The North American forest industry is currently facing a difficult time, and using biomass for power generation is one means of killing two birds (the environment and the economy) with one pellet, although as the numbers above indicate it is no a panacea. In fact, wood biomass will most likely never account for more than 10-15% of total power production and is unlikely to be cost competitive with coal without a price on carbon. However, given that a price on carbon is forthcoming in the US, it is fair to assume that wood pellets will represent one of those fundamental bridge solutions to reduce the costs of moving to a de-carbonized economy. This is a point Joe Romm makes in his articles on the topic.    

However, the trade in wood biomass for power generation cannot be expected to scale up if a standard isn’t adopted around which transportation logistics and technology requirements can be established. Wood pellets provide this standard. This is why I have left other wood biomass sources such as wood chips or waste wood from logging operations out of my analysis. If a sizeable market for wood biomass is to emerge, it will have to be in the form of a market for pellets. 

A Wood Pellet Stock

The wood pellet production process is relatively simple (see video below): (1) wood material is dried and turned into a dough-like mass by being passed through a hammer mill; (2) and this mass is then squeezed through a high-pressure die with holes of the size required (i.e. standard pellet size) – the pressure causes a rise in temperature which causes the lignin in the wood to plastify and hold the pellet together.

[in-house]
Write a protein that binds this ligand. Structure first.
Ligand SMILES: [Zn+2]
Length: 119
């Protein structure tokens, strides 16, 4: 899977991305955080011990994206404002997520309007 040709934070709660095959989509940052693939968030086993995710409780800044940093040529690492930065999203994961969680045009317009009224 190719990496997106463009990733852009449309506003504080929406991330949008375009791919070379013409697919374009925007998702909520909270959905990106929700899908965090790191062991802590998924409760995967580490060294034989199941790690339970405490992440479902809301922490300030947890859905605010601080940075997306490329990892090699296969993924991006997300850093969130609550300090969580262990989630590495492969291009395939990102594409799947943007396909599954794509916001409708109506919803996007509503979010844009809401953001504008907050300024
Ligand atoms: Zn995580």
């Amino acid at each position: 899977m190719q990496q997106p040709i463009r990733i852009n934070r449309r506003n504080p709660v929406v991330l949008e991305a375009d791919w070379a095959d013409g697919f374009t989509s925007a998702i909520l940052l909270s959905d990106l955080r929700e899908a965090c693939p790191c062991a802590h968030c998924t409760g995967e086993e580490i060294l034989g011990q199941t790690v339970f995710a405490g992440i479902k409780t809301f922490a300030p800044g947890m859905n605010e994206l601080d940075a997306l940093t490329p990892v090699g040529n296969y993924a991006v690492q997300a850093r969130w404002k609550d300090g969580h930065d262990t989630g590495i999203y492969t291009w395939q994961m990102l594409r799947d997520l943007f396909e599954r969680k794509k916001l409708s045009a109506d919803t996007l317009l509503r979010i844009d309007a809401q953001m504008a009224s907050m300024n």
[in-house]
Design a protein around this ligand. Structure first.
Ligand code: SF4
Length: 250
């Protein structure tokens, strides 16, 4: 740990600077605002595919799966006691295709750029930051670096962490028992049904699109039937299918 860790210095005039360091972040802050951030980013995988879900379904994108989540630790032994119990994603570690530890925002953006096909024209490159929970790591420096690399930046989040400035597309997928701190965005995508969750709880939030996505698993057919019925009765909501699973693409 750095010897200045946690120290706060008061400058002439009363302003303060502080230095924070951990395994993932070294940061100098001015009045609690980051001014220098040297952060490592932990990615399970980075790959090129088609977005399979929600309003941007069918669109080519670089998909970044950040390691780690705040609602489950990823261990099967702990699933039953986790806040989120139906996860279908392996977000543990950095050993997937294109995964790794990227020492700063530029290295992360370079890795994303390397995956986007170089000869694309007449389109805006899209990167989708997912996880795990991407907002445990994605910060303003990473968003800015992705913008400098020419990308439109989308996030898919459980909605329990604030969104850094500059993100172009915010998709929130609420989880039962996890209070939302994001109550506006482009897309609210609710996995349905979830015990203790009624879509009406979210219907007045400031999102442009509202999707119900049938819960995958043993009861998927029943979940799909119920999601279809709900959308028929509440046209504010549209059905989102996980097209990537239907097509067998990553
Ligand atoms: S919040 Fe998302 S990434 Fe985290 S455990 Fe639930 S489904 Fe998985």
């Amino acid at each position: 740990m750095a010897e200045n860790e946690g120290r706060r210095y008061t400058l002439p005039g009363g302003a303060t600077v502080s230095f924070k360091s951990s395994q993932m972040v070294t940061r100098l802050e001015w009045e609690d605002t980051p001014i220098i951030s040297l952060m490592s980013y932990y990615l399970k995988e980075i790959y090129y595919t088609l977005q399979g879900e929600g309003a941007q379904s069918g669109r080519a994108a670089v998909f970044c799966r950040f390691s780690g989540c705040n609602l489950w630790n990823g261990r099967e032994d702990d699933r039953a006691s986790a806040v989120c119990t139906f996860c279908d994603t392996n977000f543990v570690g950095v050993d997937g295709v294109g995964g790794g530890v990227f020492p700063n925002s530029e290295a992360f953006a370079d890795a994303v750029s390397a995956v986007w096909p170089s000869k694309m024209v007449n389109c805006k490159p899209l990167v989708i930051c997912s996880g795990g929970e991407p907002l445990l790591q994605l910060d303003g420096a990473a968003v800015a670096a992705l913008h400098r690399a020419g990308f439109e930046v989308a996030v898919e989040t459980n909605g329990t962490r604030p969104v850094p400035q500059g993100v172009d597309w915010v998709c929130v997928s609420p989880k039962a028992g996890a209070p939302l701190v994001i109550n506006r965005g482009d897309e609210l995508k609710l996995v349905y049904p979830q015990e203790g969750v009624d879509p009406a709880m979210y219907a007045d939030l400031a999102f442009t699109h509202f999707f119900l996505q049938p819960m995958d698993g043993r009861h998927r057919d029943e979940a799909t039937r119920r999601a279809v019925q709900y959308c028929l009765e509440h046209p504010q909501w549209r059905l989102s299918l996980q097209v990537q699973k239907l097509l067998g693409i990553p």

Andritz Group (ADRZF.PK) currently has, according to itself, an about 50% share of the global market for wood pellet production equipment. Andritz is an Austrian firm that provides equipment and services for the global hydro power, pulp & paper, steel, animal feed & biofuels and other industries. In fact, following the acquisition of a large chunk of GE Energy’s hydro power operations, Andritz cemented its position as a dominant player in large hydro globally.

The main problem with Andritz is that its US listing is on the Pink Sheets Grey Market (this is common for foreign shares), making it hard for some investors to trade the stock through their brokers. Moreover, trades on the Grey Market are not always efficient as the lack of a Market Maker for the security can result in lower liquidity and higher prices. The quality of the company is not problematic however, as Andritz is a blue chip stock in Austria.

Despite this limitation, Andritz is, in my view, an interesting beast. In 2008, revenue (€3.61 billion/$4.85 billion) was broken down as follows between the business segments: Hydro (electromechanical systems and services for large hydro power stations), 33%; Pulp & Paper (equipment and services for all forms of pulp and paper production), 37%; Metals (production and finishing lines for metallic strip), 16%; Environment & Process (equipment and services for solid/liquid separation for various industries), 10%; and Feed & Biofuel (equipment and services for production of animal feed and biomass pellets), 4%.